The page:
Cool-ass signal processing using Gaussian processes (birthdays again)

Aki writes:

Here’s my version of the birthday frequency graph. I used Gaussian process with two slowly varying components and periodic component with decay, so that periodic form can change in time. I used Student’s t-distribution as observation model to allow exceptional dates to be outliers. I guess that periodic component due to week effect is still in the data because there is data only from twenty years. Naturally it would be better to model the whole timeseries, but it was easier to just use the cvs by Mulligan.

ALl I can say is . . . wow. Bayes wins again. Maybe Aki can supply the R or Matlab code?

P.S. And let’s not forget how great the simple and clear time series plots are, compared to various fancy visualizations that people might try.

P.P.S. More here.

19 thoughts on “Cool-ass signal processing using Gaussian processes (birthdays again)

  1. Pingback: Simple graph WIN: the example of birthday frequencies « Statistical Modeling, Causal Inference, and Social Science

  2. Thanks for compliments!

    Our Gaussian process code for Matlab and R-interface is available at

    Since your are interested, we will in next few days add to that web page also links to specific code to produce these estimates and figures with Matlab and just the estimates with R (because we are not good with R graphics)

    I also prefer ISO 8601 dates and will use ISO 8601 like format MM-DD in the next version (MM-DD does not seem to be part of the standard)

  3. It’s nice but… errr… how exactly does “Bayes win” by this? A frequentist can do pretty much the same thing, can’t he?
    By the way, for lovers of the t-distribution: What are the degrees of freedom and how chosen? (Bayes may be somewhere in here but one could do without, I guess…)

    • Christian:

      Just about anything that can be done using statistical method X can be done, with enough effort, using statistical method Y. Nonetheless, the actual computation was performed using a particular method, and I think that’s where the credit should go.

      • I don’t see where there is any “value added” by Bayes here at all, though. Isn’t this just plain good probability modelling with no use for priors and posteriors (OK, I could imagine where they are but what is lost if they weren’t there)? Am I missing something?

        • Christian:

          The Gaussian process model is a prior distribution for the underlying series. In strict classical inference, you’re not allowed to assign a probability distribution for the parameters of interest. Again, you can do whatever you want and you don’t have to call it Bayesian—you can call it “regularization” or whatever—but this particular calculation happens to have been done using Bayesian methods.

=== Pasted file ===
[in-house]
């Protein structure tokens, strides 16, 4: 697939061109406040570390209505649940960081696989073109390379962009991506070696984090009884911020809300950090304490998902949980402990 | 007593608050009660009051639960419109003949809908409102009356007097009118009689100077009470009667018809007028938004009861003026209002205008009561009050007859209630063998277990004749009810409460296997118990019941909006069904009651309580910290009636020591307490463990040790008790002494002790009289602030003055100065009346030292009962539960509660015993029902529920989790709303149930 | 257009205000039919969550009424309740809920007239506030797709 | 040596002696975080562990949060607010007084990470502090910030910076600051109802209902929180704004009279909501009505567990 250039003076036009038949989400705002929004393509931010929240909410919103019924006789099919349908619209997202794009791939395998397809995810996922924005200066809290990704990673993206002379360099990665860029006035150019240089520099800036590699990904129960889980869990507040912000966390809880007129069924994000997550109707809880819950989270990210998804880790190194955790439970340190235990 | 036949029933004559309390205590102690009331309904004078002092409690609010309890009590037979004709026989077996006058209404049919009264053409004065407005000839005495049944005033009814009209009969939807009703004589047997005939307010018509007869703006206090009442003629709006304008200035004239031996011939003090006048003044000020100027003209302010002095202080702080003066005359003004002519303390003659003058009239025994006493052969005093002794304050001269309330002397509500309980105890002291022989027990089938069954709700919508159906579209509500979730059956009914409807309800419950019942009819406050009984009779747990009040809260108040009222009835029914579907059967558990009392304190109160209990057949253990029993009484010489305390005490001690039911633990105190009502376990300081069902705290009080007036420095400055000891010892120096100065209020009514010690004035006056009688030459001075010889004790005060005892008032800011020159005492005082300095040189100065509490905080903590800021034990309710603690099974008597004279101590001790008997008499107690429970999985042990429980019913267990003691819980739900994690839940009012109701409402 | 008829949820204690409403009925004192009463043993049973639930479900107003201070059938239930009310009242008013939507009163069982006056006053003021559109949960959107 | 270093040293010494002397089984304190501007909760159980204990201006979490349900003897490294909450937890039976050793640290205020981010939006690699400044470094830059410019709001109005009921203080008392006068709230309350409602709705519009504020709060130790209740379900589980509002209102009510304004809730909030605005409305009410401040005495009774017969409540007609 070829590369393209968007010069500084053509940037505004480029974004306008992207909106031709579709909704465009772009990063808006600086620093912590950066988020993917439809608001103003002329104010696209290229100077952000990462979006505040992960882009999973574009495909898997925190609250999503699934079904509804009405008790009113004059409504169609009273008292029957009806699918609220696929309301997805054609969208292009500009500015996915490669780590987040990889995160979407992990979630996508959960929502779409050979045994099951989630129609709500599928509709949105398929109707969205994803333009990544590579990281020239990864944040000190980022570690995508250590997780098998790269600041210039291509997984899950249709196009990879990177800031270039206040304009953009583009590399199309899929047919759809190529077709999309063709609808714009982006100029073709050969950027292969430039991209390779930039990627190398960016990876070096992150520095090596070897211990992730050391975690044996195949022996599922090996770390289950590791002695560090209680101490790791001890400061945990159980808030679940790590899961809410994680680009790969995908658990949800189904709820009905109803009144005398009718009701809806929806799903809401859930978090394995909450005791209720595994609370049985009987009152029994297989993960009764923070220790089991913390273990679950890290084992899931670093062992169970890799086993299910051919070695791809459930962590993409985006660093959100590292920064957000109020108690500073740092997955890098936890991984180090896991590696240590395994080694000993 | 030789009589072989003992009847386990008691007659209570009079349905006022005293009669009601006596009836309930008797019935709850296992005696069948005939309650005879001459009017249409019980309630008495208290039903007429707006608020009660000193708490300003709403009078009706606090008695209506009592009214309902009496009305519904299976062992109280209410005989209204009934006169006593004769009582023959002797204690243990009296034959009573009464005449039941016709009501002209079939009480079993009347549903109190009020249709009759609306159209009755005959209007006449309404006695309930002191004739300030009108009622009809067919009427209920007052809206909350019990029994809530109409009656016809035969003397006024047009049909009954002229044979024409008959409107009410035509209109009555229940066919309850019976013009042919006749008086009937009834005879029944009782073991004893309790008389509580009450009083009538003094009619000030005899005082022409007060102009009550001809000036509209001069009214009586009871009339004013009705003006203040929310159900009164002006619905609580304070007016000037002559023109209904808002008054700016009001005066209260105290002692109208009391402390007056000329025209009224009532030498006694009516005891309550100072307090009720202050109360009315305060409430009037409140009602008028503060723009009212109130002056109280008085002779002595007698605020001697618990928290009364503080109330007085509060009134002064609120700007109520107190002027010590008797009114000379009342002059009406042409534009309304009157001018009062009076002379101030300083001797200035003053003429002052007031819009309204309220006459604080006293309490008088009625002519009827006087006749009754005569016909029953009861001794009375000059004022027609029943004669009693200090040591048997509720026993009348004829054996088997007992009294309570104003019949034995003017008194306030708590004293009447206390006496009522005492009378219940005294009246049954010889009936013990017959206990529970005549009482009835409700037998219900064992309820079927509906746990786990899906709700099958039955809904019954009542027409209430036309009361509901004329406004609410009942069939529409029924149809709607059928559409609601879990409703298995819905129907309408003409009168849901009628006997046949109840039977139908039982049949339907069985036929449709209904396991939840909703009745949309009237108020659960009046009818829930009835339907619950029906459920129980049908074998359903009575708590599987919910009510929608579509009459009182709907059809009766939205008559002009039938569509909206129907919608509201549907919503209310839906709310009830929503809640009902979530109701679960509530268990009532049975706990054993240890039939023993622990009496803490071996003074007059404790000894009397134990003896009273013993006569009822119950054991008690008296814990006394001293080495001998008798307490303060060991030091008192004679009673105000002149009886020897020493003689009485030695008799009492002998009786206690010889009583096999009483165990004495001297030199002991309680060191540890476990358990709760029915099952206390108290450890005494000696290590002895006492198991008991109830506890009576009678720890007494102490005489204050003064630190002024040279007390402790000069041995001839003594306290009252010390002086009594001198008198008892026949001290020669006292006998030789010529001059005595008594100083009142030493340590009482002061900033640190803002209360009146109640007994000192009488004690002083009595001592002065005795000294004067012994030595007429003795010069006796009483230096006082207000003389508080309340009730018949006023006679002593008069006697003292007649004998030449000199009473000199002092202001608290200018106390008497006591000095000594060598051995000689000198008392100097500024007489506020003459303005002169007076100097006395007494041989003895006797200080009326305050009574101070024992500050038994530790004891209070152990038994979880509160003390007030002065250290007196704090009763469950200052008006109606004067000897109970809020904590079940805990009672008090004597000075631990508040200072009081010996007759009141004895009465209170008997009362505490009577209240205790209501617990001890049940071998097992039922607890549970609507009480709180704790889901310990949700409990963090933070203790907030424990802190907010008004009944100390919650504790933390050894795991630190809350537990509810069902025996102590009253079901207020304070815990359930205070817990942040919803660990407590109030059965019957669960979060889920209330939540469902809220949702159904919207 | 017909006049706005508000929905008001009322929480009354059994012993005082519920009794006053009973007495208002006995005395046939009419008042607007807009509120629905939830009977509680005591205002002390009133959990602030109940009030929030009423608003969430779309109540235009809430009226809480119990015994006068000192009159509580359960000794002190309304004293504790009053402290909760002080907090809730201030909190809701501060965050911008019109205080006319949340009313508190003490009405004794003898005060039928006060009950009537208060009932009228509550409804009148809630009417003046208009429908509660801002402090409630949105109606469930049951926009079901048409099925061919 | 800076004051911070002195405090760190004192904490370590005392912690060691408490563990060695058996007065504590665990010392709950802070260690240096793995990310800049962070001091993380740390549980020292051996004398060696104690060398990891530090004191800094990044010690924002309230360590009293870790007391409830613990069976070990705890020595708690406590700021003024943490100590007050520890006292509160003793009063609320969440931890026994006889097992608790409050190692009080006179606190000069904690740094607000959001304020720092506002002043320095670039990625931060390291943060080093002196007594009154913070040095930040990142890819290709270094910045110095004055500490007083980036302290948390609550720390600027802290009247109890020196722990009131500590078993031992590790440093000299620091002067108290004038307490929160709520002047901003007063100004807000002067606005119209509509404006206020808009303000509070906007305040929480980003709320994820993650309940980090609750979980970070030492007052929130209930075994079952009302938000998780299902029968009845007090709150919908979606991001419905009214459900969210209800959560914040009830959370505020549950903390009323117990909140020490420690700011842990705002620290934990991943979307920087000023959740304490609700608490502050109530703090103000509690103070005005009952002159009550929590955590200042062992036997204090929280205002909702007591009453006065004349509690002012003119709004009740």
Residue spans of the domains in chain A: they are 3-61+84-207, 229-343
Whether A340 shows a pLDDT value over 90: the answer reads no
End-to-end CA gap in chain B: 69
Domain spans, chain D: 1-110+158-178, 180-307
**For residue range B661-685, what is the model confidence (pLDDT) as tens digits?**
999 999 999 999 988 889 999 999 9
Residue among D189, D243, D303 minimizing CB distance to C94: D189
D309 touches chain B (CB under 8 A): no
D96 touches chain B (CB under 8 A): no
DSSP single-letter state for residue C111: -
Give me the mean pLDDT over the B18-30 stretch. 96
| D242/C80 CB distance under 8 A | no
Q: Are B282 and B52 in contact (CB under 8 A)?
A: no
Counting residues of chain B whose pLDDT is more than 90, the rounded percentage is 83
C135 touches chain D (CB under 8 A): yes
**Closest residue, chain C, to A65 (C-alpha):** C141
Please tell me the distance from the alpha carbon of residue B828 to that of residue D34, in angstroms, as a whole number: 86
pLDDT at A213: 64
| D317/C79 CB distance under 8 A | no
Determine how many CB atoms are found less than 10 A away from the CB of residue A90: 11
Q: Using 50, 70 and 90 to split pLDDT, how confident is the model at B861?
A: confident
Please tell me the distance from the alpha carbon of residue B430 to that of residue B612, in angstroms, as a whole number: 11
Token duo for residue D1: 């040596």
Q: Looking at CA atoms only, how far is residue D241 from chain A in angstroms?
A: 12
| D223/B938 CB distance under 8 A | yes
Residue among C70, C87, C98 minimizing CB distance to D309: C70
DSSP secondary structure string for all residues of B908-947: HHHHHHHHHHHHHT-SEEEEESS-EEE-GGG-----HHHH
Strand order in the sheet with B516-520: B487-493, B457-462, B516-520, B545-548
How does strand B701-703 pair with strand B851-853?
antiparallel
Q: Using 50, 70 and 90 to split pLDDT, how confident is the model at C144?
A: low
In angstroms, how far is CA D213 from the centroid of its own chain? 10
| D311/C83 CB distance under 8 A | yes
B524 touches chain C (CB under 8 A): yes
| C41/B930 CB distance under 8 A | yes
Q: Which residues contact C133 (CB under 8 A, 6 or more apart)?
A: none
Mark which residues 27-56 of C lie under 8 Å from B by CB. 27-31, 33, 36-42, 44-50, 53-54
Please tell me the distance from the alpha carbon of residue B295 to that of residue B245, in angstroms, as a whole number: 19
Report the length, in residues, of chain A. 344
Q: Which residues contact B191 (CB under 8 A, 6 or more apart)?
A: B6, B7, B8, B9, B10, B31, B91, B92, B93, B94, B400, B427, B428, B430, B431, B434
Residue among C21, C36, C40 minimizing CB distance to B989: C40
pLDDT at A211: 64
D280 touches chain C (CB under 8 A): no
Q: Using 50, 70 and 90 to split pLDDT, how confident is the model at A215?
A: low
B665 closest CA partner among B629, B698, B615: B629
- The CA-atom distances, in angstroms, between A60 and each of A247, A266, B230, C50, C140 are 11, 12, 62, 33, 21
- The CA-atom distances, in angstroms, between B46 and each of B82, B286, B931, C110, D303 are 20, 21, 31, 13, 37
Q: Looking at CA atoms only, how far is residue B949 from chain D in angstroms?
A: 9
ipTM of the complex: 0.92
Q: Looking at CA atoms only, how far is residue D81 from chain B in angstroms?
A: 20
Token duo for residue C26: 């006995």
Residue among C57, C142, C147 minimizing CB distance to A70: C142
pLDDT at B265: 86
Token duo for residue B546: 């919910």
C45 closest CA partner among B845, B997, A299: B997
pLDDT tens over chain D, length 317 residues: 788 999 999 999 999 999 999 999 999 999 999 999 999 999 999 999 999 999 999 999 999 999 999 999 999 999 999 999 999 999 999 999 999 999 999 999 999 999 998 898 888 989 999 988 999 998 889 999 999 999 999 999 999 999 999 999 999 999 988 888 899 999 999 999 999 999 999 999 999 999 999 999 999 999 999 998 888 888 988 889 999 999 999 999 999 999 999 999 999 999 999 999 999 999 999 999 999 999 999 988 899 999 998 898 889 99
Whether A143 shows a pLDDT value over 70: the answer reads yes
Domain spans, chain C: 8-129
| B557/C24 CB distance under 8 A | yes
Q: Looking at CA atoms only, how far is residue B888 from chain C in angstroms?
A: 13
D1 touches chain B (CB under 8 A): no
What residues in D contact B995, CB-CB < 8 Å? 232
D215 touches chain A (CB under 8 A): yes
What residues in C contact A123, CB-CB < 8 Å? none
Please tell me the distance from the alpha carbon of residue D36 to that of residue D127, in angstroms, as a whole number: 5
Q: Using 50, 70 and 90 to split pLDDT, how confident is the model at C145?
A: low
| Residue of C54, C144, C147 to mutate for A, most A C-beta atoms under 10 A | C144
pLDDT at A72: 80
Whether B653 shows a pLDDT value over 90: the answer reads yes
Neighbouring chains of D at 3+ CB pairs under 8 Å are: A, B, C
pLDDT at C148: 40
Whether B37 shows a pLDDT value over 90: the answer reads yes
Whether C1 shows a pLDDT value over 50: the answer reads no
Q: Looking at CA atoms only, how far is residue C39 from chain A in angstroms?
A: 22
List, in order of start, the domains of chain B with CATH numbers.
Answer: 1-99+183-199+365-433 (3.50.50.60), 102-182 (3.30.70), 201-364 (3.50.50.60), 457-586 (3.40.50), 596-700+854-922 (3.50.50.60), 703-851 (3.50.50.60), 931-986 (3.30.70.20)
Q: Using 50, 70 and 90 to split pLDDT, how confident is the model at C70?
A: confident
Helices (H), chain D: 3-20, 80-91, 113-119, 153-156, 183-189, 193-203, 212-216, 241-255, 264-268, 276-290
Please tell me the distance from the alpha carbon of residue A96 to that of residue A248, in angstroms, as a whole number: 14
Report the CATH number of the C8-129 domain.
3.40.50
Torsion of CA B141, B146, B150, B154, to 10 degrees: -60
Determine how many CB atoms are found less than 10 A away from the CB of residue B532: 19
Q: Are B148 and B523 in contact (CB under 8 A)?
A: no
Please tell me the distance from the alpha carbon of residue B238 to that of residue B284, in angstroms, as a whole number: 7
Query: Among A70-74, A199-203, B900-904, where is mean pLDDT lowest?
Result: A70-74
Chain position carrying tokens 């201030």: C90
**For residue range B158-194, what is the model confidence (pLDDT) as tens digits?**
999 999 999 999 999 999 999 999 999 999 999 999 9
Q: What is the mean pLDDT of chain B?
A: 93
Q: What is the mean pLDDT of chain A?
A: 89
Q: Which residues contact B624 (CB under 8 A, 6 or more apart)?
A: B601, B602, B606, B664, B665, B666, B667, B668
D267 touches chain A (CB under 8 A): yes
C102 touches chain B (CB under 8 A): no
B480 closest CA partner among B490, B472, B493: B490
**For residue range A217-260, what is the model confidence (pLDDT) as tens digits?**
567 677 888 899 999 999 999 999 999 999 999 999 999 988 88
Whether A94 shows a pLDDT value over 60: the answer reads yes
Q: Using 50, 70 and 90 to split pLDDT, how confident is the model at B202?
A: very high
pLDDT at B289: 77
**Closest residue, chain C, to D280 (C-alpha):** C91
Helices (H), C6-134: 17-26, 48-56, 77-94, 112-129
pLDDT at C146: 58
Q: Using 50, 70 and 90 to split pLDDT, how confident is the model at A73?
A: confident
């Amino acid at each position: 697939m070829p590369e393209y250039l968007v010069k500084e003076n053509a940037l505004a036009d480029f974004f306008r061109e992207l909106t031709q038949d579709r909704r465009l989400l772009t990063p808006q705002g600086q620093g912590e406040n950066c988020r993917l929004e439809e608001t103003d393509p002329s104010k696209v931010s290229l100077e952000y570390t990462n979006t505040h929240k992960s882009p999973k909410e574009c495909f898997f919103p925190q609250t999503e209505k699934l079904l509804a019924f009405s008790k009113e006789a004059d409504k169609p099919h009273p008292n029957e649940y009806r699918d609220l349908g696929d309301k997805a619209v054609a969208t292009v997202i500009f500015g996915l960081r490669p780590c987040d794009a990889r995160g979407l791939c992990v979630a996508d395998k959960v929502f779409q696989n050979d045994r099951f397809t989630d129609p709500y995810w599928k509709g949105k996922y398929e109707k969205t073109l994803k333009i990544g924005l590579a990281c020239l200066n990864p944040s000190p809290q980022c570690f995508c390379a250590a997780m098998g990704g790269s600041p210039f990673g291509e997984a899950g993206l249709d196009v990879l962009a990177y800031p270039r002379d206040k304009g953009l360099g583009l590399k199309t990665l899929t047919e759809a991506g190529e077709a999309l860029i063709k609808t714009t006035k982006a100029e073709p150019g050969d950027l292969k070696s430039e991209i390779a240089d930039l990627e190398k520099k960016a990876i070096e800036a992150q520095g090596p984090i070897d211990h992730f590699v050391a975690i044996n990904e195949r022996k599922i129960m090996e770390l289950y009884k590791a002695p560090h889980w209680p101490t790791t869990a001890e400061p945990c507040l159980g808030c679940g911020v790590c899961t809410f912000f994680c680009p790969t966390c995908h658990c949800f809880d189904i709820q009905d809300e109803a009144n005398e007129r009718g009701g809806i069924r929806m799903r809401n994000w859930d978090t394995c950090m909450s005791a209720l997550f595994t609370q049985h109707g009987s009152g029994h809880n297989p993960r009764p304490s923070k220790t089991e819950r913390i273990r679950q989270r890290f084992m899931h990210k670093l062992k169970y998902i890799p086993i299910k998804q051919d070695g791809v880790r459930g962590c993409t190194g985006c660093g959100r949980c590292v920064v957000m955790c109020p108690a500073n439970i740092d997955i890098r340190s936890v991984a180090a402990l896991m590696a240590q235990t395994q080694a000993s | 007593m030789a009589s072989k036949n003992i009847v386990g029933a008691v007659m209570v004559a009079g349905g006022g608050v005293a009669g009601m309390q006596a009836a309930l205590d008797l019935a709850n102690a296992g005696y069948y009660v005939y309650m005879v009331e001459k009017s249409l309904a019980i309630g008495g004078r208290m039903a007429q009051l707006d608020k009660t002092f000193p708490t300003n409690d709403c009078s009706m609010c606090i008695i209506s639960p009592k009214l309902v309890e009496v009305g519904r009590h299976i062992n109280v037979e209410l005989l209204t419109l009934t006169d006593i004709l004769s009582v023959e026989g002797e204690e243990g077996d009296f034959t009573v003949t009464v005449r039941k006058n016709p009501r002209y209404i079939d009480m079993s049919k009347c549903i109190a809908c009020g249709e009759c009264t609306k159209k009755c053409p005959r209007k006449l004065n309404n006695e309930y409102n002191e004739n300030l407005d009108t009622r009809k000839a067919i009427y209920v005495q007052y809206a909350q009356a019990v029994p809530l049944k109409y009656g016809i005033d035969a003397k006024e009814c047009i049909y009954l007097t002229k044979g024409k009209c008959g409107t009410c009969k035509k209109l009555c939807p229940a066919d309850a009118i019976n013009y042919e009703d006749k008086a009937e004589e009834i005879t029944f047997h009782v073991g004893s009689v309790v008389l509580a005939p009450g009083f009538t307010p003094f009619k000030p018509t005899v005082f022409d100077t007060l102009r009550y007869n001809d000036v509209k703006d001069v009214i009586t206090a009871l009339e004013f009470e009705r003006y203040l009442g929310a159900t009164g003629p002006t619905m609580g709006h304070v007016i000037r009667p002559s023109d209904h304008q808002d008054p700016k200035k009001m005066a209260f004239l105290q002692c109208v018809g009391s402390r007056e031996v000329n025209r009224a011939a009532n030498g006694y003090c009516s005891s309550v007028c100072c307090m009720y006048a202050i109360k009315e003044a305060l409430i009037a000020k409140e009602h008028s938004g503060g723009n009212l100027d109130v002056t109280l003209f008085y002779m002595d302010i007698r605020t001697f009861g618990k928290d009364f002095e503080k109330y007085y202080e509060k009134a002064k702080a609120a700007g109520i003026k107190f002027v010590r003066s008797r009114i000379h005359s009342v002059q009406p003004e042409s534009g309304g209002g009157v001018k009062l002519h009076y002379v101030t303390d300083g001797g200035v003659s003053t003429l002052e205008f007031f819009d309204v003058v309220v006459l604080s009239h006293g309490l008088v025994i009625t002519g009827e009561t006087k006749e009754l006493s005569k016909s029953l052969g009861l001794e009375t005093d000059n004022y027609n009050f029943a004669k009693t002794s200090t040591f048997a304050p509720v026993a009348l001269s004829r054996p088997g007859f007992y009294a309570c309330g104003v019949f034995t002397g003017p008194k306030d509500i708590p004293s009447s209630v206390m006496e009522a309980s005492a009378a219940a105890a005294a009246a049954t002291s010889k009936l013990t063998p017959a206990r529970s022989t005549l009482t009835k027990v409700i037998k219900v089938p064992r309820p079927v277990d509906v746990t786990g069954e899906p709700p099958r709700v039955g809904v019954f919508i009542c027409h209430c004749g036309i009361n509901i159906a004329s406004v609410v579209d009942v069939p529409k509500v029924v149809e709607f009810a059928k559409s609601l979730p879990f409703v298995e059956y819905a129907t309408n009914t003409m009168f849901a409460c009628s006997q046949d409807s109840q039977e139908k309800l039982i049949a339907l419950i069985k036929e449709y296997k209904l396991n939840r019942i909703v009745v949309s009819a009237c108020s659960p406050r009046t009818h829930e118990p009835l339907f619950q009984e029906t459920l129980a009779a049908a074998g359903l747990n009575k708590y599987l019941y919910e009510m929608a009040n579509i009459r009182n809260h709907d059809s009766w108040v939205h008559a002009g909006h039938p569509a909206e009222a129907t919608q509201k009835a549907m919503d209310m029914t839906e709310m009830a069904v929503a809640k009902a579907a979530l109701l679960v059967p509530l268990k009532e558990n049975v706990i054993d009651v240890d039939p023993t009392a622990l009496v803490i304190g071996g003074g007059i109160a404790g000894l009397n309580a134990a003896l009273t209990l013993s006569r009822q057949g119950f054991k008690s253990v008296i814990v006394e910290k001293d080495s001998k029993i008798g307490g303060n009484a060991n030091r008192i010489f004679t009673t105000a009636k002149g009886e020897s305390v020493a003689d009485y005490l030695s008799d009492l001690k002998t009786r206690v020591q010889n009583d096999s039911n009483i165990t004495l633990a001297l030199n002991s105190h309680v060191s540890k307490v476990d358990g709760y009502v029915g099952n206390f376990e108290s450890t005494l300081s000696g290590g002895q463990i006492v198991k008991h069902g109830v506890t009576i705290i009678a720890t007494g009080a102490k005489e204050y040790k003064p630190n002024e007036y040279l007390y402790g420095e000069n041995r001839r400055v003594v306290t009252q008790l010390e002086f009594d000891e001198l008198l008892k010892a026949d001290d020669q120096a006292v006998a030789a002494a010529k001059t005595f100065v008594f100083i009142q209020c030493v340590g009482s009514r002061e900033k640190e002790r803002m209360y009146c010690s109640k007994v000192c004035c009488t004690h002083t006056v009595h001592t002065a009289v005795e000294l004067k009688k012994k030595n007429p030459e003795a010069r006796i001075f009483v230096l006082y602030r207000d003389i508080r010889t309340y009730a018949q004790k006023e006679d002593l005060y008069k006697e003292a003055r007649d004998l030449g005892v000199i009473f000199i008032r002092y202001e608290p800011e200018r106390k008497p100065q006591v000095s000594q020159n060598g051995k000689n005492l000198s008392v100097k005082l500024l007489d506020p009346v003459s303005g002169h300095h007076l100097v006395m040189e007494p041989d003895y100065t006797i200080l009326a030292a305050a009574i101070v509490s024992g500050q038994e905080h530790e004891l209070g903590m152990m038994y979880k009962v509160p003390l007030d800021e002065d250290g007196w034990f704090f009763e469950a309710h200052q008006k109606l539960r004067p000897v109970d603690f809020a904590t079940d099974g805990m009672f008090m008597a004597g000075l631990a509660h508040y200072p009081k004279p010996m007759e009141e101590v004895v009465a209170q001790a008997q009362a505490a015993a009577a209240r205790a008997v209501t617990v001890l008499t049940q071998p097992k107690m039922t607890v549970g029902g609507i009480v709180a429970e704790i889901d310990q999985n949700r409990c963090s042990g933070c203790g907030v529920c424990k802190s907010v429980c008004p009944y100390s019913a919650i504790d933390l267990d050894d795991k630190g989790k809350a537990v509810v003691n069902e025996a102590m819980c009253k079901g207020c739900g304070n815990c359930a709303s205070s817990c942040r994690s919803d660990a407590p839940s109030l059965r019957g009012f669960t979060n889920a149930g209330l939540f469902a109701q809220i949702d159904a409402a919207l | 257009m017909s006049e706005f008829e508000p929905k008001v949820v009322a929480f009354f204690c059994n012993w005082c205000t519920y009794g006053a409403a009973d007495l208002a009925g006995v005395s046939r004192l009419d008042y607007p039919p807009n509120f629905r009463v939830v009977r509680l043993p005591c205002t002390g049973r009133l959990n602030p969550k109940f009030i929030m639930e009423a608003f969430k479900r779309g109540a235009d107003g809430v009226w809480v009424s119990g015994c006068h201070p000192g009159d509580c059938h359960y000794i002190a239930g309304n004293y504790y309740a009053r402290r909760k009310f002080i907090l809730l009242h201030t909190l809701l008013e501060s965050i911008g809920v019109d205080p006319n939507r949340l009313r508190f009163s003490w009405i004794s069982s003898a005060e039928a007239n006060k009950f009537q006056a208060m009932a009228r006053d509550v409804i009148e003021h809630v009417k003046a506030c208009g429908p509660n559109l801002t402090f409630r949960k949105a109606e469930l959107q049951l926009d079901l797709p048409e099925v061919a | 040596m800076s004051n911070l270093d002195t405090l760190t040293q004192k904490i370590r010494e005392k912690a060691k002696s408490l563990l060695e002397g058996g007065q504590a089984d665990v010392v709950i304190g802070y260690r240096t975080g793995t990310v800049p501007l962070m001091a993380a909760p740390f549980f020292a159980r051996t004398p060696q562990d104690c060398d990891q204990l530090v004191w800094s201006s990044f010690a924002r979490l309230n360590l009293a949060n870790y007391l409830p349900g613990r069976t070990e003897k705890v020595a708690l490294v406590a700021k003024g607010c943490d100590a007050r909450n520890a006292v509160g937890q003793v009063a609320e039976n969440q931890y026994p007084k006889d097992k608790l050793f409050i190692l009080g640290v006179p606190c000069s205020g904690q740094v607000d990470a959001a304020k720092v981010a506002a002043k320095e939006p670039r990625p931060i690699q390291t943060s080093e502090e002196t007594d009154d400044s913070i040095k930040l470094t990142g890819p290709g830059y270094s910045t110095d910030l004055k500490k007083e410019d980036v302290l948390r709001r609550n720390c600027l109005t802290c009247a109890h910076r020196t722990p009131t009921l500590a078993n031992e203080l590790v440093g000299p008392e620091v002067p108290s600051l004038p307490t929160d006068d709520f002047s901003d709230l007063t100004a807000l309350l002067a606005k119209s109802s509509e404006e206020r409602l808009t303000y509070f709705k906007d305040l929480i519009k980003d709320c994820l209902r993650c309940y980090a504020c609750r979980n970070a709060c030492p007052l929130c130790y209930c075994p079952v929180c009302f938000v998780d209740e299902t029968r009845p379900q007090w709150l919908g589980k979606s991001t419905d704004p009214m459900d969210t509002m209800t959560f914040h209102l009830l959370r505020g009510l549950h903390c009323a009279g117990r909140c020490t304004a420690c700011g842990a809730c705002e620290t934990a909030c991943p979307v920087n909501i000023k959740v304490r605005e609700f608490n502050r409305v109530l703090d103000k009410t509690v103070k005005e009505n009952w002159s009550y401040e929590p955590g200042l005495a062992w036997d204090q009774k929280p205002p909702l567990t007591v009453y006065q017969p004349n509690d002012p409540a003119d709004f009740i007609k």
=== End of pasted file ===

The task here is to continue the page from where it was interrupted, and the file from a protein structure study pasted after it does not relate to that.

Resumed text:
4. Robert: thanks a lot for publishing the data… it had me entertained for a couple of hours!

    In case someone wants to play with R/ggplot2, i found the following charts interesting:

    for (i in (1+3):(nrow(data)-3))
    for (i in (1+182):(nrow(data)-182))




  5. Shouldn’t the smoothed graph be constrained to be smooth across the year boundary? It seems like that would make the residual at the very end of the year bigger, which might gratify Chris :-).

  6. Integration over the latent values was made using robust expectation propagation as described in Covariance function and likelihood parameters were estimated by optimizing the marginal posterior. The figure shown here was made using degrees of freedom nu=2 while the optimized nu was about 1.6 producing similar figure.

    Smoothing should not be made across the year boundary as there seem to be increasing trend in the number of births. This is more obvious in the full time series. Using full time series will help to get better estimates for the dates near the year boundary.

    I’ll check the full time series data next week and will provide then code for both the above figure and full time series.

  7. I’ve just spent today revising a paper I’m writing where we look at a joint annual and daily trend for some air quality data. I reckon you could use a tensor product of a cyclic B-spline for the annual trend and a cyclic B-spline or cyclic random walk model for the weekly trend. I’m not totally comfortable with the periodic term presented above. Any excess temporal variation could be captured with an AR(1) error model. If I remember I’ll try to have a look at this come next week.

    • Yes absolutely, it is very informative, especially considering the minute effort involved. Using Mulligans code it is simply:


  8. Pingback: Slick time series decomposition of the birthdays data « Statistical Modeling, Causal Inference, and Social Science

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